There’s something about genre fare from Australia that comes coated in an extra layer of discomfort. It’s newest export, the based on a true crime tale Hounds of Love dares the viewer to watch without turning away. First time feature director Ben Love pieced together a remarkable and savage thriller made all the more fascinating by the attention given to the psyche of its central players. Hounds of Love invites comparison to The Snowtown Murders and Henry: Portrait of a Serial Killer for based on true crime films which drive home the point that our real world monsters are scarier than any work of fiction.
Distraught at her parents pending divorce, high school student Vicky (Ashleigh Cummings) defies her mother and sneaks out in the middle of the night en route to a party. When she takes up an offer from a John (Stephen Curry) and Evelyn (Emma Booth) to buy a little pick me up for the festivities, she finds herself instead at the mercy of a pair of sadistic captors. Chained to a bed in the dingy back bedroom of the couple’s home, the young girl finds herself subjected to sexual torment, physical abuse and mental torture.
Yet the young woman has a presence of mind to take in her surroundings and find cracks in the armor of her kidnappers’ relationship. John kills for the thrill of it and for the power it gives him over these helpless young girls. When he’s looming over their chained bodies he can forget, for a moment, how he’s bullied and ridiculed by the small time pimps and hustlers he owes money too. Evelyn kills because she sees these young girls as a threat to come between she and John. Their youth, their unspoiled beauty and their potential all serve to lure John away from her despite how hard and desperately Evelyn clings to them. These girls need to die, and they need to be disposed of before John can form an attachment to them aside from the time spent sexually assaulting them.
Vicky uses what she sees to come between the couple. By driving a wedge between them she hopes to stay alive long enough to find an escape. In the meantime, she has to endure a horrific ordeal. Hounds allows the viewer’s imagination to do the heavy lifting. Love will linger on the moments just before and after the couple assaults their victim of the moment rather than focus on the act itself. The aftermath and proof lay scattered around the house in the form of droplets of blood on a tile floor, household implements discarded with clumps of skin and hair still attached and dish towels sopped with blood left to clog and harden on the kitchen sink. The film conveys the physical and psychological trauma of the film without showing every graphic detail.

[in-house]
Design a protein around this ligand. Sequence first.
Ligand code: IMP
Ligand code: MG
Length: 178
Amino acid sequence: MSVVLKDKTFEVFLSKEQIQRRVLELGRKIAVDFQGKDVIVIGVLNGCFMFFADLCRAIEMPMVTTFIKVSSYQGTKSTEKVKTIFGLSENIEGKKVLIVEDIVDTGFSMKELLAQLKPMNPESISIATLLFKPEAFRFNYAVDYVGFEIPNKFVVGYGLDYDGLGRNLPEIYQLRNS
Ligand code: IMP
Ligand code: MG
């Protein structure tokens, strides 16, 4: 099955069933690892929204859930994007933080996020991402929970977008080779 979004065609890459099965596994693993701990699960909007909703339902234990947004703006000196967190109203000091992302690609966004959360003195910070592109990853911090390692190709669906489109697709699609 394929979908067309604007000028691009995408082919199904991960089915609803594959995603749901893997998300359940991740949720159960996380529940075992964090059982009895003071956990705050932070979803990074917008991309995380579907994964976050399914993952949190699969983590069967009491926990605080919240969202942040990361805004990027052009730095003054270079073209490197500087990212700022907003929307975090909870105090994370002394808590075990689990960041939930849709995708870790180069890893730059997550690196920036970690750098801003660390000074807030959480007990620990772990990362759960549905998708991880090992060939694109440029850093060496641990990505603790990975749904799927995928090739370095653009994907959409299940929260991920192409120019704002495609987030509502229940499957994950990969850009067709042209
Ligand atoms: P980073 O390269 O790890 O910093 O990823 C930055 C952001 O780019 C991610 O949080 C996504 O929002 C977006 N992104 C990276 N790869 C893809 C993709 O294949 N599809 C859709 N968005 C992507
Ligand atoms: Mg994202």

A recurring motif in Hounds focuses on planes passing over the suburban tenements while one of our central characters stares off as it fades from view. It’s a simple image, and one you’d write off as simple B-roll if Love did not return to it so frequently. It’s a quiet way to drive home the idea of escape and what it means to the three women at the center of the film. It’s obvious in Vicky’s case why she needs to escape. Her mother is a different story. We’re given no explanation for the reasons behind the dissolution of Vicky’s parent’s marriage.
Evelyn’s case is the most complex of the three. It’s obvious she’s a monster, and every bit as complicit as John for the horror and degradation inflicted on their victims. Yet there seems to be that tiniest of sparks in her that understands and regrets how much she has given up in order to be with him. She’s lost all contact with her young children. No matter how she tries to delude herself that she’ll have custody soon, she knows deep down that will never come to pass. She allows John to have his way sexually with the girls despite it killing her inside. She can’t measure up to the youth, the innocence or the beauty of these victims. Yet as much as she may want out, it’s a pipe dream.
Hounds of Love is a difficult, gut churning film. Anchored by a quartet of terrific performances and shot with a grainy, handheld style that give it a documentary feel, it’s the latest in a niche of true crime horror titles that are more brutal and nightmare inducing than the latest monster of the week film. It;s a long standing tradition of Boston Underground to offer films that challenge the audience to sit through and accept what they’re seeing on screen. Ben Love’s debut joins those proud ranks of the truly disturbing, best material of the fest. .